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Musaicum Books presents to you this meticulously edited Arnold Bennett collection. This ebook has been designed and formatted to the highest digital standards and adjusted for readability on all devices. Content: Novels: A Man from the North The Grand Babylon Hotel Anna of the Five Towns Leonora A Great Man Teresa of Watling Street Sacred and Profane Love Hugo The Ghost- A Modern Fantasy The City of Pleasure: A Fantasia on Modern Themes Buried Alive The Old Wives' Tale Clayhanger Denry the Audacious Helen with the High Hand The Card Hilda Lessways The Plain Man and His Wife The Regent: A Five Towns Story of Adventure in London The Price of Love From the log of the Velsa These Twain The Pretty Lady The Roll-Call The Lion's Share Mr.Prohack Lilian Riceyman Steps Elsie and the Child The Strange Vanguard Accident Imperial Palace Short Stories Collections: Tales of the Five Towns The Grim Smile of the Five Towns The Matador of the Five Towns The Woman who Stole Everything and Other Stories The Loot of Cities Mr. Penfound's Two Burglars Midnight at the Grand Babylon The Police Station The Adventure of the Prima Donna The Episode in Room 222 Saturday to Monday A Dinner at the Louvre Plays: What the Public Wants The Honeymoon The Great Adventure The Title Judith Non-Fiction: The Truth about an Author How to Become an Author The Reasonable Life Literary Taste: How to Form It How to Live on 24 Hours a Day The Feast of St. Friend: A Christmas Book Mental Efficiency Those United States Friendship and Happiness Paris Nights and Other Impressions of Places and People The Author's Craft Over There: War Scenes on the Western Front Books and Persons: Selections from The New Age 1908-1911 Self and Self-Management Things That Have Interested Me The Human Machine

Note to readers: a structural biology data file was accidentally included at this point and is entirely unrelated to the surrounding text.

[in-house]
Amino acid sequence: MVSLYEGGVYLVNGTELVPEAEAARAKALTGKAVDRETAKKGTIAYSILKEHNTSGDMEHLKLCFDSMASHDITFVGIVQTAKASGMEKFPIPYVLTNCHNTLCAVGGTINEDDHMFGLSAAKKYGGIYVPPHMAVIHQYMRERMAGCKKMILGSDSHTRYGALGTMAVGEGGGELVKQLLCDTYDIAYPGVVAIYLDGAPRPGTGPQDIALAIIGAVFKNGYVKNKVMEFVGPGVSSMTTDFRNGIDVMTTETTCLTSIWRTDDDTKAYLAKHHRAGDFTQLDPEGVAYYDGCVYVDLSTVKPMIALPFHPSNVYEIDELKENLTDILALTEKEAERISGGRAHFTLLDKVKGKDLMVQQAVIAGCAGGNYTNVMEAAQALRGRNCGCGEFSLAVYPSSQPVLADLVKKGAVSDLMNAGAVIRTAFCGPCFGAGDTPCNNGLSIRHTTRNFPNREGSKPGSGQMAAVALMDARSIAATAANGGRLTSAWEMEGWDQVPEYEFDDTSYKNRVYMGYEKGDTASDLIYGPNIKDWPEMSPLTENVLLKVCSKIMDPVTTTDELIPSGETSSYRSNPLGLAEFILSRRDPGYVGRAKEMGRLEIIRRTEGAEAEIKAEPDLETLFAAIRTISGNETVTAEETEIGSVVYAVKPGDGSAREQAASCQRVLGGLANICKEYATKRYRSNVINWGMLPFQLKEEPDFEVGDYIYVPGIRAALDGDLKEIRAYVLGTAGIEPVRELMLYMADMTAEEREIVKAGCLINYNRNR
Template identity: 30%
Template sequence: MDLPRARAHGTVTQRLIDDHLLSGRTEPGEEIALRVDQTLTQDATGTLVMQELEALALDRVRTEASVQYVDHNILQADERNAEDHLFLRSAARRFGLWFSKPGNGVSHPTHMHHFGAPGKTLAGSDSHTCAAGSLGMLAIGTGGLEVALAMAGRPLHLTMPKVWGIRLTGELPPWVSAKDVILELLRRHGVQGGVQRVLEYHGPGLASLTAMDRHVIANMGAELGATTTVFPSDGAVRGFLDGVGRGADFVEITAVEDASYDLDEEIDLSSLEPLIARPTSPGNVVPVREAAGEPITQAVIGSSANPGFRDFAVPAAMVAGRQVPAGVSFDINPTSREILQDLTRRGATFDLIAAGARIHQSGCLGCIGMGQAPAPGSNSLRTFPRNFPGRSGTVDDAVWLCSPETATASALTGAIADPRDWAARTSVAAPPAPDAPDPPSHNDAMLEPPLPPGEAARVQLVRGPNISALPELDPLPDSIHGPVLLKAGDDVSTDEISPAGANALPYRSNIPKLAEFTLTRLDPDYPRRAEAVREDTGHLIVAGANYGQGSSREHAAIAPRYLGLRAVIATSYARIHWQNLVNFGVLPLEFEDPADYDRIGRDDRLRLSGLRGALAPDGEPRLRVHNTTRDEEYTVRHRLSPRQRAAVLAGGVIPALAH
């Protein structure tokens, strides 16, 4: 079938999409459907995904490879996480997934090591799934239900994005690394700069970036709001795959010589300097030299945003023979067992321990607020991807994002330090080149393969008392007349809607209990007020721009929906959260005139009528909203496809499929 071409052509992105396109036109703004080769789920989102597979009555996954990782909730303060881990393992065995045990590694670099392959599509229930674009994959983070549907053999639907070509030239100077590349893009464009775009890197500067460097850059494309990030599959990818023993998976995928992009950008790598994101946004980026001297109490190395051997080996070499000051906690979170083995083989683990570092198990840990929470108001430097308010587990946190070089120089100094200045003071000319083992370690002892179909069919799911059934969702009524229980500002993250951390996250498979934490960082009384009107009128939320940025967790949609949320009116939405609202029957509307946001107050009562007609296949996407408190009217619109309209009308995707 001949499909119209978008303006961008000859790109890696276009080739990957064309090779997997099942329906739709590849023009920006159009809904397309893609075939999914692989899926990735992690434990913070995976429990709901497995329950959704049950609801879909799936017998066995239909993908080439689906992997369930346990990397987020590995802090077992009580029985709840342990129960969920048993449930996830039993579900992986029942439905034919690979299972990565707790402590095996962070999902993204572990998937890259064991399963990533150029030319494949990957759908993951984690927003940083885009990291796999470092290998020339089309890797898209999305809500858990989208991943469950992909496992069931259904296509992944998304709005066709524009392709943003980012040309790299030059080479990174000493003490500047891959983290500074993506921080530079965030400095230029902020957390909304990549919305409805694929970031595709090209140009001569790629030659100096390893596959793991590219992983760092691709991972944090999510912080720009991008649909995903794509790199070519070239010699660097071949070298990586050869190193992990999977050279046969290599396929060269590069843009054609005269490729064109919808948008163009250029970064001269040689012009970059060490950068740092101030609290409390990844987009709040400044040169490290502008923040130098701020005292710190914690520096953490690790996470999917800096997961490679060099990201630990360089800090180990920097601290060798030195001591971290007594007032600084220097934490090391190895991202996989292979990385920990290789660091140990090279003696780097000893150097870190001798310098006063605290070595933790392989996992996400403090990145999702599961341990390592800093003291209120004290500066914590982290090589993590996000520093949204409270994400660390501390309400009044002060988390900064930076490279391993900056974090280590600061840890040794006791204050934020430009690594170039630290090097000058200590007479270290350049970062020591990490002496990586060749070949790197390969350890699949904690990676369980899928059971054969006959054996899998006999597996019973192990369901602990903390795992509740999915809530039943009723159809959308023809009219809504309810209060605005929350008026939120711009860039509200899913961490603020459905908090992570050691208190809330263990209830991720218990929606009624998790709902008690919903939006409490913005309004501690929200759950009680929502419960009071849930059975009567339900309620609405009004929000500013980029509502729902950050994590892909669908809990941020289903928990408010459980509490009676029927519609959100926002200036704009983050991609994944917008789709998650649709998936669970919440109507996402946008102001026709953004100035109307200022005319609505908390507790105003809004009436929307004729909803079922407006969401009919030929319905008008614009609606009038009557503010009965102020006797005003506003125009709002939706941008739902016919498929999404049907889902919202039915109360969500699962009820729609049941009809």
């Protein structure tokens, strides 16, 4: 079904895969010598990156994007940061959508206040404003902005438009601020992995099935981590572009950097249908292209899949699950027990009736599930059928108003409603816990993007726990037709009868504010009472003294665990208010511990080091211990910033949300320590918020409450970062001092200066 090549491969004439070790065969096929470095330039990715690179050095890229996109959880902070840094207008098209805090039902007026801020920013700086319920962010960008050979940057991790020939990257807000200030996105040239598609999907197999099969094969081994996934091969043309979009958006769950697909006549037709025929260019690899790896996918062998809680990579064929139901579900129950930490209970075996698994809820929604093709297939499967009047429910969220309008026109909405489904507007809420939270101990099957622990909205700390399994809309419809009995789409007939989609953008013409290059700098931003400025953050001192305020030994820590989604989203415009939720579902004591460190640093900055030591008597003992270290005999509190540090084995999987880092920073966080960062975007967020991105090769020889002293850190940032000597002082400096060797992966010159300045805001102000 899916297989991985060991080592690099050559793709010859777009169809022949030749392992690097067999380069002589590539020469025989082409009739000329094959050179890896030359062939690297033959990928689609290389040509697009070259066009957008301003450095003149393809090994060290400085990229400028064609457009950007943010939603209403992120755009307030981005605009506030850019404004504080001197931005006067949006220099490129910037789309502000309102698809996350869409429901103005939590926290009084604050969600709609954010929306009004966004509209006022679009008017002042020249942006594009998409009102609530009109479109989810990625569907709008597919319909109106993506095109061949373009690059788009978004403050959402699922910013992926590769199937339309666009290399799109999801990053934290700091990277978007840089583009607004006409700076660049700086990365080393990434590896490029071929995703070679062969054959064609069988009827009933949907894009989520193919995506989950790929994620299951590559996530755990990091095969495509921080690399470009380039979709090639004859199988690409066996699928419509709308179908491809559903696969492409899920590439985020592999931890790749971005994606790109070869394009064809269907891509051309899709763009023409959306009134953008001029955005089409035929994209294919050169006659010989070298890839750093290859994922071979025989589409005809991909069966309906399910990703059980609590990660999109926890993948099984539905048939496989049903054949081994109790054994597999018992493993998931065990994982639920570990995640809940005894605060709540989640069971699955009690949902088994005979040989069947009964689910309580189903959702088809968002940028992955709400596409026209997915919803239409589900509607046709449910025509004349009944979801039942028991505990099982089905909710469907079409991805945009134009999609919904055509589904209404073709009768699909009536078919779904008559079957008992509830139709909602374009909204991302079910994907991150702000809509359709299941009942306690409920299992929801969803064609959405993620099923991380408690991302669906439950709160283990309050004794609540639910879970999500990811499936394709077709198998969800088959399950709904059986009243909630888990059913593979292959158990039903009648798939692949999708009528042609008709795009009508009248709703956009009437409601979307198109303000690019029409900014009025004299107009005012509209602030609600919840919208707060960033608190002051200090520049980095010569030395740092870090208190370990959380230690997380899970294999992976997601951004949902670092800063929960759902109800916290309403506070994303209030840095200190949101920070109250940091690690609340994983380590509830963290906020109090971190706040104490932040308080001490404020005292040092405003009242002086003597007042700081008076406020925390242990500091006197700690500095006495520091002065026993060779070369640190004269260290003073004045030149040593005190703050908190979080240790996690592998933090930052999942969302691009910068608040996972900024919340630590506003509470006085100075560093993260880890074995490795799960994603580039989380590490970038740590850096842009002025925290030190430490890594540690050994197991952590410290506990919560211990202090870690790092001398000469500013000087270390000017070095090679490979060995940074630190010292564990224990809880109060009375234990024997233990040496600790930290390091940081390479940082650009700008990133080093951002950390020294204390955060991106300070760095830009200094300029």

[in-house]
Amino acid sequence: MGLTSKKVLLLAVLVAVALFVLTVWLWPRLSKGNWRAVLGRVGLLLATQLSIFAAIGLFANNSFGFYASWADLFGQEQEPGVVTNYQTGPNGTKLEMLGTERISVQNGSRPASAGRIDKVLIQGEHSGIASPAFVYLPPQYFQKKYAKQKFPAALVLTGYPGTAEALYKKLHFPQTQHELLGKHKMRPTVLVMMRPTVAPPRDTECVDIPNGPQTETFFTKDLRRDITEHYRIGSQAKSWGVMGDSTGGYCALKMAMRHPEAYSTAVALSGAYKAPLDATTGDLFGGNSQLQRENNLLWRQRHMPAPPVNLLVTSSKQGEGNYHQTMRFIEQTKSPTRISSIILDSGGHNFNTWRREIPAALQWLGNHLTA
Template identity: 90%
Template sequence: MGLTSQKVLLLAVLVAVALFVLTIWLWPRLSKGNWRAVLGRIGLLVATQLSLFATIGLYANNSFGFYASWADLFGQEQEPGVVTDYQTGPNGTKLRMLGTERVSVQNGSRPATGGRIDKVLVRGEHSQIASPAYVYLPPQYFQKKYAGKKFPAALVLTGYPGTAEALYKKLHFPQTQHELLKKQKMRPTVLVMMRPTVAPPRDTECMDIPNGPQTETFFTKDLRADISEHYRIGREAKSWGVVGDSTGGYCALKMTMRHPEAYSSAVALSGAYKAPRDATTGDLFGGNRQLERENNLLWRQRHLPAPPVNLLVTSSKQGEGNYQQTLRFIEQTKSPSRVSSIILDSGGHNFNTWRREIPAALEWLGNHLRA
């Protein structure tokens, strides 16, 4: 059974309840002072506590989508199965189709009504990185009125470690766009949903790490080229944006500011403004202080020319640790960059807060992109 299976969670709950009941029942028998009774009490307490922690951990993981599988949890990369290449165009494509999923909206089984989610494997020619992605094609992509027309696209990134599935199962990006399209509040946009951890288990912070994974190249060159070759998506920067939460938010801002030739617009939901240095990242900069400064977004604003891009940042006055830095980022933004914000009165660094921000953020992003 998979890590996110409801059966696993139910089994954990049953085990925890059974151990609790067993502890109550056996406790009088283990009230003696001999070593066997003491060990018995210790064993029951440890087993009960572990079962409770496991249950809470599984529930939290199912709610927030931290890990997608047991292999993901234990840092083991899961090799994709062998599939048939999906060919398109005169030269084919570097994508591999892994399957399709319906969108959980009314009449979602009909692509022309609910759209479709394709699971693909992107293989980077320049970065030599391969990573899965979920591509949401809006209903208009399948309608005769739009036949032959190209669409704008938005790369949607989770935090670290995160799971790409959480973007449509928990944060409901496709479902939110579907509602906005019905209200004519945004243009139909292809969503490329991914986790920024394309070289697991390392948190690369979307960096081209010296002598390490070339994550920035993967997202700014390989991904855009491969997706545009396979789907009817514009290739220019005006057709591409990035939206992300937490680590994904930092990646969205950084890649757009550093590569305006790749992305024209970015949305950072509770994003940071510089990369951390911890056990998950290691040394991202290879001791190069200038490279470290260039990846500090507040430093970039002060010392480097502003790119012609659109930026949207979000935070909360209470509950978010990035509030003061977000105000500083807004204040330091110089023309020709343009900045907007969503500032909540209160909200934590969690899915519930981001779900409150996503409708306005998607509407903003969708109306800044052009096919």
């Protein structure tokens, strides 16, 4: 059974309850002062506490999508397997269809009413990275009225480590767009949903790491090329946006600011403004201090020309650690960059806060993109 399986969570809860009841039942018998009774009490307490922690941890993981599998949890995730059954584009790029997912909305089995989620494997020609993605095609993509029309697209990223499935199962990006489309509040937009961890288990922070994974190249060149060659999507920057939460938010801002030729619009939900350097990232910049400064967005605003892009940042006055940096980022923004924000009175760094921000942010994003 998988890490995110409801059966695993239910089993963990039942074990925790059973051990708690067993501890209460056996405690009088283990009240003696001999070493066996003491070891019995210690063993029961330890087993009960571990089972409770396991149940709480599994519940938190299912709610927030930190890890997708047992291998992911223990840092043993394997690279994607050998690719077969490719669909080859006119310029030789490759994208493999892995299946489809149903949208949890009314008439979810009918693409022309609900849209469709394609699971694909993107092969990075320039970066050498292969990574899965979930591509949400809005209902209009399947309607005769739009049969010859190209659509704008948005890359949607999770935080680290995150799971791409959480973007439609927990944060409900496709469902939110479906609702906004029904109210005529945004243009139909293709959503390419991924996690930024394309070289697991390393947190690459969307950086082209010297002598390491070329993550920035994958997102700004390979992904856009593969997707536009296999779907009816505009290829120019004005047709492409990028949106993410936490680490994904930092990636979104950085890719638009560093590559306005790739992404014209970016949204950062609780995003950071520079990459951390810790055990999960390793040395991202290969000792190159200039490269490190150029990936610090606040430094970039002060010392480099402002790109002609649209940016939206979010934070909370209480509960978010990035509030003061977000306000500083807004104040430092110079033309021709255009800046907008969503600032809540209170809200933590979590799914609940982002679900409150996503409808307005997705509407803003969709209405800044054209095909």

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Regulation 261/2004 on Air Passengers' Rights has been amongst the most high-profile pieces of EU secondary legislation of the past years, generating controversial judgments of the Court of Justice, from C-344/04 ex parte IATA to C-402/07 Sturgeon. The Regulation has led to equally challenging decisions across the Member States, ranging from judicial enthusiasm for passenger rights to domestic courts holding that a Regulation could not be relied upon by an individual claimant or even threatening outright to refuse to apply its provisions. The economic stakes are significant for passengers and airlines alike, and despite the European Commission's recent publication of reform proposals, controversies appear far from settled. At the same time the Regulation should, according to the Treaty, have uniform, direct and general application in all the Member States of the Union. How, then, can this diversity be explained? What implications do the diverging national interpretations have for the EU's regulatory strategy at large? This book brings together leading experts in the field to present a series of case studies from 15 different Member States as well as the extra-territorial application of Regulation 261, combined with high-level analysis from the perspectives of Aviation law and EU law.